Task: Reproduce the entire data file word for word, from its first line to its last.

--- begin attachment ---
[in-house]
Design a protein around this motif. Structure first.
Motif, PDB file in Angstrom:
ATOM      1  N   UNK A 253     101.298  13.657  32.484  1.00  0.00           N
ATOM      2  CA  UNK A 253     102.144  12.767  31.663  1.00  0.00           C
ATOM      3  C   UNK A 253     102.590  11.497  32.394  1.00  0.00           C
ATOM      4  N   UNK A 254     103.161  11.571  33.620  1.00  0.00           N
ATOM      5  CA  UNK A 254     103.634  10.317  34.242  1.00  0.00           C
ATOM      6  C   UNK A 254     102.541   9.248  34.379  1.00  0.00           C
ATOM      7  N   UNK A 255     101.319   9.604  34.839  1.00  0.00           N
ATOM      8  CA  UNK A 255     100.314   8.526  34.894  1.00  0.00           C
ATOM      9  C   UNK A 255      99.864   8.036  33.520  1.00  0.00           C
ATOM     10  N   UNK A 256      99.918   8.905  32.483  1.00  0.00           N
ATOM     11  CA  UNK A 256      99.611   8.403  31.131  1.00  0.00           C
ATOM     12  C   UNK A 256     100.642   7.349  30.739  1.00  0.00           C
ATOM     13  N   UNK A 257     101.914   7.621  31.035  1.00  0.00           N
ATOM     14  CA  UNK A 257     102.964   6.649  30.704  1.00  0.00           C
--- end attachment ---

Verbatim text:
[in-house]
Design a protein around this motif. Structure first.
Motif, PDB file in Angstrom:
ATOM      1  N   UNK A 253     101.298  13.657  32.484  1.00  0.00           N
ATOM      2  CA  UNK A 253     102.144  12.767  31.663  1.00  0.00           C
ATOM      3  C   UNK A 253     102.590  11.497  32.394  1.00  0.00           C
ATOM      4  N   UNK A 254     103.161  11.571  33.620  1.00  0.00           N
ATOM      5  CA  UNK A 254     103.634  10.317  34.242  1.00  0.00           C
ATOM      6  C   UNK A 254     102.541   9.248  34.379  1.00  0.00           C
ATOM      7  N   UNK A 255     101.319   9.604  34.839  1.00  0.00           N
ATOM      8  CA  UNK A 255     100.314   8.526  34.894  1.00  0.00           C
ATOM      9  C   UNK A 255      99.864   8.036  33.520  1.00  0.00           C
ATOM     10  N   UNK A 256      99.918   8.905  32.483  1.00  0.00           N
ATOM     11  CA  UNK A 256      99.611   8.403  31.131  1.00  0.00           C
ATOM     12  C   UNK A 256     100.642   7.349  30.739  1.00  0.00           C
ATOM     13  N   UNK A 257     101.914   7.621  31.035  1.00  0.00           N
ATOM     14  CA  UNK A 257     102.964   6.649  30.704  1.00  0.00           C